As composers of music became more ambitious in the Late
Middle Ages, they sought to write intricate polyphonic songs for ensembles,
and the challenging music demanded musicians increasingly specialize in
particular instruments, or families of instruments, and acquire professional
training. This undermined the role of the self-taught (or informally
apprenticed) and multi-instrumental wandering minstrel, much of whose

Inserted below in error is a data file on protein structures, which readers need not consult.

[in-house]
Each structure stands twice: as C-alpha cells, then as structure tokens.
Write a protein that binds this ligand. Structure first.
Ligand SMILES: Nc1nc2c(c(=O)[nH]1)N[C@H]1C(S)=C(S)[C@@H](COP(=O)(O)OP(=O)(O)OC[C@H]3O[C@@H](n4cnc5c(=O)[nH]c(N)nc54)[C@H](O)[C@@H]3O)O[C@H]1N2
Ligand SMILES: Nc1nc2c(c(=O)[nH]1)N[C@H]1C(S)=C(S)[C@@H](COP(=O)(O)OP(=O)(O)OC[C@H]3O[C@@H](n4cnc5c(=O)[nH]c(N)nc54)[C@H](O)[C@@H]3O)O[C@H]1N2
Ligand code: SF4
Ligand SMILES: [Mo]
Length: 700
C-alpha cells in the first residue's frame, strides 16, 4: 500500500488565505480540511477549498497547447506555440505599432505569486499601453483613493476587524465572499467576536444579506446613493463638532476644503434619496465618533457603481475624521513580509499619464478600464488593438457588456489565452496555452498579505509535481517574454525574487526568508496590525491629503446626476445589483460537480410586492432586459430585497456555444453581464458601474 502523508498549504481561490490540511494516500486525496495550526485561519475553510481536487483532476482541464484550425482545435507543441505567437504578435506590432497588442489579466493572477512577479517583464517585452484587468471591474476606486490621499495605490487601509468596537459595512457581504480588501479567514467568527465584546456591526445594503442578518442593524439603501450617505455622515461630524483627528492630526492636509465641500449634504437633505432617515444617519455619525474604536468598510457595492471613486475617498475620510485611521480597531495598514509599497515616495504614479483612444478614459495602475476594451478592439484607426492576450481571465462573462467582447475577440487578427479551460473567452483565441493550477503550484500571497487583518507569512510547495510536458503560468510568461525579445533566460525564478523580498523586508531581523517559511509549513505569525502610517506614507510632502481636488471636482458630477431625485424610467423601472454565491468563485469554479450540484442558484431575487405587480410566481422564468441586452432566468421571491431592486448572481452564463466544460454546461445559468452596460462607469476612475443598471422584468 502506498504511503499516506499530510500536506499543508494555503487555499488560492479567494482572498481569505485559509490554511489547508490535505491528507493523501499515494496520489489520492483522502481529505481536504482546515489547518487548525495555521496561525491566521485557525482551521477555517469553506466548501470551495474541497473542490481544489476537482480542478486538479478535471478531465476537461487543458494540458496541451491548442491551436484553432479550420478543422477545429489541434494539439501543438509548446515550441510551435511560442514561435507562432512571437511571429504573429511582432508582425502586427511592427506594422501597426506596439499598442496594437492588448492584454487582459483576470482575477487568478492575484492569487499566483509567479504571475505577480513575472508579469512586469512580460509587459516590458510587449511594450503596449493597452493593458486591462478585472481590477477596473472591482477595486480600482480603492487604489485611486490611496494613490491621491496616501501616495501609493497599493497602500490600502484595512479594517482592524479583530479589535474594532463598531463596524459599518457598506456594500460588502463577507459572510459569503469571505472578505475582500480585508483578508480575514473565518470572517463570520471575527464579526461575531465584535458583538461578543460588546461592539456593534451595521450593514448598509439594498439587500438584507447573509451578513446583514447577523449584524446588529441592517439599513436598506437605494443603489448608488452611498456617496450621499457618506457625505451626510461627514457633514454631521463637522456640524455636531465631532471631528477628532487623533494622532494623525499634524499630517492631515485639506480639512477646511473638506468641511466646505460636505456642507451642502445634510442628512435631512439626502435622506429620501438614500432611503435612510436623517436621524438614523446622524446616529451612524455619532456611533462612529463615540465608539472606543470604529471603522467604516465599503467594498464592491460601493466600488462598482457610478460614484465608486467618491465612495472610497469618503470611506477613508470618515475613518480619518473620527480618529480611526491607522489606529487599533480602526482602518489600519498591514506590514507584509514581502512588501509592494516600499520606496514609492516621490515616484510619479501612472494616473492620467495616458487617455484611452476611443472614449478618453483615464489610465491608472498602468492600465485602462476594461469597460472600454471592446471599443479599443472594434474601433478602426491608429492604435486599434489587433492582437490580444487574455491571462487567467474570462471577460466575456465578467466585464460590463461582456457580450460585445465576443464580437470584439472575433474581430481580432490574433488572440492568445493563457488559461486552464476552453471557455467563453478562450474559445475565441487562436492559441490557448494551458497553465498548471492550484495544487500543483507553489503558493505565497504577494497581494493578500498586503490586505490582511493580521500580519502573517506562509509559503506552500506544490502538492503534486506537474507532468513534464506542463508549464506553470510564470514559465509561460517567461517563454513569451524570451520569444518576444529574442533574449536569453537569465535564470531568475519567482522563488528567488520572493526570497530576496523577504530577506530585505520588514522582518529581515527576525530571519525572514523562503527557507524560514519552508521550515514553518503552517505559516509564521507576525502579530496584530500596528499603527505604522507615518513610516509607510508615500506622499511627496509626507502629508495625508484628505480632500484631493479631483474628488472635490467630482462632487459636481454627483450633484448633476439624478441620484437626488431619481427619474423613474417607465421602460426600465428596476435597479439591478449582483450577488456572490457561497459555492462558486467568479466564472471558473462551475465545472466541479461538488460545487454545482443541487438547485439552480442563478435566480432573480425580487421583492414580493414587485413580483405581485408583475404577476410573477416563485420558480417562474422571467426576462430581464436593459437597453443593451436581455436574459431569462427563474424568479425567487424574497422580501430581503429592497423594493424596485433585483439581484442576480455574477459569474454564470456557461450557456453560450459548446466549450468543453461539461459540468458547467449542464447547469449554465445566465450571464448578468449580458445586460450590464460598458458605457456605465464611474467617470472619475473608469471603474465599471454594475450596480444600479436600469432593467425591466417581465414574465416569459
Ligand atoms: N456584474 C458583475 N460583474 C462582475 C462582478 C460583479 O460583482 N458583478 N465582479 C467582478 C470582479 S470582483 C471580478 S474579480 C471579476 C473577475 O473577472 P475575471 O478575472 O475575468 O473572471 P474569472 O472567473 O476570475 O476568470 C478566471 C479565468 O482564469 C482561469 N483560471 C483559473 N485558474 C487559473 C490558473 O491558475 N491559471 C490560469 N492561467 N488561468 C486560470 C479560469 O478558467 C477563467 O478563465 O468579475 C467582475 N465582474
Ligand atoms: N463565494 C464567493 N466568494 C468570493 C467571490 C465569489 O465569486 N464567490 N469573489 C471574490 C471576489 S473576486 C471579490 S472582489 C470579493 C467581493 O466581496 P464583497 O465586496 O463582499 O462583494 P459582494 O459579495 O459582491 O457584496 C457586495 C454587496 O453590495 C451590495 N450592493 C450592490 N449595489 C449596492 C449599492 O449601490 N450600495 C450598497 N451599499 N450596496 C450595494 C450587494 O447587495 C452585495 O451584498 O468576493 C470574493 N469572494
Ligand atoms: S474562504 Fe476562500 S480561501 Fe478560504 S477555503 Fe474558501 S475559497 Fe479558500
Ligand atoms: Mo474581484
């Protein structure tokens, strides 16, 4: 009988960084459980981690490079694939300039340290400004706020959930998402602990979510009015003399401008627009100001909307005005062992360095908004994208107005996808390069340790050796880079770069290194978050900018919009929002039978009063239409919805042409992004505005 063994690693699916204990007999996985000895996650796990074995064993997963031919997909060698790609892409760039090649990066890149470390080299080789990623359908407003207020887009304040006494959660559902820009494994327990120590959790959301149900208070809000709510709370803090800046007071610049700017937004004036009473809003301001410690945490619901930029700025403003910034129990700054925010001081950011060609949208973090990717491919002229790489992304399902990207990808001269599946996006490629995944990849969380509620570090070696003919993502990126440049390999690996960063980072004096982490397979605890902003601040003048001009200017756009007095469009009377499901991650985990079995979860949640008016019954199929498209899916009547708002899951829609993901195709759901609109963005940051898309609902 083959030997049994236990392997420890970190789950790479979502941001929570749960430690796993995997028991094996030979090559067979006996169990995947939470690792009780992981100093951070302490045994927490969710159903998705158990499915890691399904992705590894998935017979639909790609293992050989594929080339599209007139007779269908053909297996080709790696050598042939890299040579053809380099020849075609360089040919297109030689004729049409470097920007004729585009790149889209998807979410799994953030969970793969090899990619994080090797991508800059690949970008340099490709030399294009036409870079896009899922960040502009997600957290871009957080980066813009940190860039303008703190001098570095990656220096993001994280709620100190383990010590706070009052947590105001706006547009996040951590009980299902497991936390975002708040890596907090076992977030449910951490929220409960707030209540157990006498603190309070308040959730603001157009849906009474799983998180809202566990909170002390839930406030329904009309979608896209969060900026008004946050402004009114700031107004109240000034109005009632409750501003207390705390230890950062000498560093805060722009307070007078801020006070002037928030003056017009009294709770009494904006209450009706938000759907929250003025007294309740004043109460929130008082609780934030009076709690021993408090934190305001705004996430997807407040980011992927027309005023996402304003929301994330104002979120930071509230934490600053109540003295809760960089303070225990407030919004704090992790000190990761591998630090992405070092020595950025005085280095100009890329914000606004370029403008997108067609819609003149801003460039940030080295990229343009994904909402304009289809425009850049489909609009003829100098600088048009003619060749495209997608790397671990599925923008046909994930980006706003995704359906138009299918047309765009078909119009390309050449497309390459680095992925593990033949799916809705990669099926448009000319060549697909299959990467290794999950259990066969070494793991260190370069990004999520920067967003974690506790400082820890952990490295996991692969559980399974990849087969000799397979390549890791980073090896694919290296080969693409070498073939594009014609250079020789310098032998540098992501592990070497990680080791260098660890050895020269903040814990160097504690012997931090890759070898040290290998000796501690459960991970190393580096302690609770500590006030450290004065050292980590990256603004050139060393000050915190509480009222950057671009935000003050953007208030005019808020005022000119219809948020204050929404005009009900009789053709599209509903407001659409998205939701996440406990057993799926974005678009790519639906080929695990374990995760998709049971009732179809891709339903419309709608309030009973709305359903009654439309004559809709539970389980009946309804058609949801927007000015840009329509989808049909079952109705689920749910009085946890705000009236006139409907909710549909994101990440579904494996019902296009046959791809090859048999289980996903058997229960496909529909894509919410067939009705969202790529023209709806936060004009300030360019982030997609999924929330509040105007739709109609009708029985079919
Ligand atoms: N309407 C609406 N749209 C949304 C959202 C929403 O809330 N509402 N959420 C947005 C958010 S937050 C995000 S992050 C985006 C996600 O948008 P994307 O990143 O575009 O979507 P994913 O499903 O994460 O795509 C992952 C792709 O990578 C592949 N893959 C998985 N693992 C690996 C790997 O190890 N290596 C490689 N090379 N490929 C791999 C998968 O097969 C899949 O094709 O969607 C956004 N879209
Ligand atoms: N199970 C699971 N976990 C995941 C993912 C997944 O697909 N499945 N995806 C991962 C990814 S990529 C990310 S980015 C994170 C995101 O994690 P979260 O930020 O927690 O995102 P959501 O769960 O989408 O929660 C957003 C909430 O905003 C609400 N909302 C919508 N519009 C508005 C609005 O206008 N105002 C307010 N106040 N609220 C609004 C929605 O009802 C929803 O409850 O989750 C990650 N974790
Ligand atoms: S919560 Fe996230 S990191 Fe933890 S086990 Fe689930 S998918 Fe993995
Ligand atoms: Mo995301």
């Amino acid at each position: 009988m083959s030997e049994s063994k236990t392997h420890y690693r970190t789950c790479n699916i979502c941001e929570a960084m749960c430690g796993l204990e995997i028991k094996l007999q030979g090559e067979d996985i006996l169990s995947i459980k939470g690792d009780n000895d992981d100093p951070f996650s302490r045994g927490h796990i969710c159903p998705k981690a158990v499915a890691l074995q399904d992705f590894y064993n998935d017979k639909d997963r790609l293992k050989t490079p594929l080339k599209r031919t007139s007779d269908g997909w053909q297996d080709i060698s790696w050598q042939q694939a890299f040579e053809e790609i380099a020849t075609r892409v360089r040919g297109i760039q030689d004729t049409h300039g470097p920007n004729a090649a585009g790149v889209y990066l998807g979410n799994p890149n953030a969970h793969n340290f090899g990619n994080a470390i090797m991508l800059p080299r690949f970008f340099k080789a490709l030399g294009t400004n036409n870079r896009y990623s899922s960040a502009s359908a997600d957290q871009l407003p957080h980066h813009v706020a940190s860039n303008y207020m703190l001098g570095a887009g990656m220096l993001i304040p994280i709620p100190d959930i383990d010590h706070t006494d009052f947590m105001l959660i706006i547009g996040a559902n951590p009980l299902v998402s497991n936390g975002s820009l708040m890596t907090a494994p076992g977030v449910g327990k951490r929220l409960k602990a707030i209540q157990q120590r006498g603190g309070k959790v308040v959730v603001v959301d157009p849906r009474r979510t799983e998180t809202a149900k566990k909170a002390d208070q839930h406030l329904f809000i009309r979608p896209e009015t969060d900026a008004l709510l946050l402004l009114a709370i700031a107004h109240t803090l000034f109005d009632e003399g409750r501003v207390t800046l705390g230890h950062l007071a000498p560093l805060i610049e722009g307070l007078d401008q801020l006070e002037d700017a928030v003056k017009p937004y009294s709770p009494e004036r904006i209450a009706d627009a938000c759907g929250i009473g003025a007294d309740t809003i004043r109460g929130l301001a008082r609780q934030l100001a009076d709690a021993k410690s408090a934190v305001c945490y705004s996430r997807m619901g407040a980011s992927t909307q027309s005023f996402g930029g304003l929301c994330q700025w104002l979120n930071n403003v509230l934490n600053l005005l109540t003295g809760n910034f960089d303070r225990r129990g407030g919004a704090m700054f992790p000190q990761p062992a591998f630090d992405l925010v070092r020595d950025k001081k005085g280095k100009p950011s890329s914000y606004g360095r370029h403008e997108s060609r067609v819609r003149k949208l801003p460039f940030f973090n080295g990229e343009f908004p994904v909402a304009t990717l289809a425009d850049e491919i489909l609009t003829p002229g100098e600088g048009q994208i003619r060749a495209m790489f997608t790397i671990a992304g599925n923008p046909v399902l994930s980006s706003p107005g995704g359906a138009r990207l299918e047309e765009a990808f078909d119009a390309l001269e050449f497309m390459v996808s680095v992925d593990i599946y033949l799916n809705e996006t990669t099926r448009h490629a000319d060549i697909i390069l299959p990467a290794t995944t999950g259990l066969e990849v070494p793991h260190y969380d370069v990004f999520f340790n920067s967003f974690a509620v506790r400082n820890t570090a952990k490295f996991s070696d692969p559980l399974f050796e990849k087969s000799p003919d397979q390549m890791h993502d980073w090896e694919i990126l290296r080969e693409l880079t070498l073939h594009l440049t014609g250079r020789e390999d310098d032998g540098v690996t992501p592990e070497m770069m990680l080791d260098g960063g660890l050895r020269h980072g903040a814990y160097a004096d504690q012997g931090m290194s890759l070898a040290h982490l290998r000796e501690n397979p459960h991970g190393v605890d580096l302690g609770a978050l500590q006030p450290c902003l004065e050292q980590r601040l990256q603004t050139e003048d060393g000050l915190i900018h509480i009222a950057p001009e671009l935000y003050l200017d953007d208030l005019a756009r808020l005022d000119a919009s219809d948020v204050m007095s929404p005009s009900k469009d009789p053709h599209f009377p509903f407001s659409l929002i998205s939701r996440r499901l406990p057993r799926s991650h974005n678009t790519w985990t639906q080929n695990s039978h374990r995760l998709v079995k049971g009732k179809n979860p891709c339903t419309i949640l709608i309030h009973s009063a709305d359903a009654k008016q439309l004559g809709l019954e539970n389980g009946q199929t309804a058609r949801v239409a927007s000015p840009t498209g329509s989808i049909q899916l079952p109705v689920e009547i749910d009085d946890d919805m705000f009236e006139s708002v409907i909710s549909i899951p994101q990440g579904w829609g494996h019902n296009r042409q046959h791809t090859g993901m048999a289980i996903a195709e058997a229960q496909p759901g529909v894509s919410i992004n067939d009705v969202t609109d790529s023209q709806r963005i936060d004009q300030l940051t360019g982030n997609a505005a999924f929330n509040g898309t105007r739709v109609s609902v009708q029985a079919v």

performance was based on improvisations on simple melodic themes.
Similarly, the growing taste for dramatic performances reduced the need
for the 'wandering minstrel as as bardic storyteller'. In some towns
we find evidence of minstrels' gilds at the close of the Middle Ages.
That at Beverley contributed to the rebuilding of St. Mary's church,
one of whose pillars bears a carving of a minstrel band, on which
the drawing above was based. Although the clothing worn by band members
appears Tudor, the instrumentation is typical of the Late Middle Ages
(from left to right):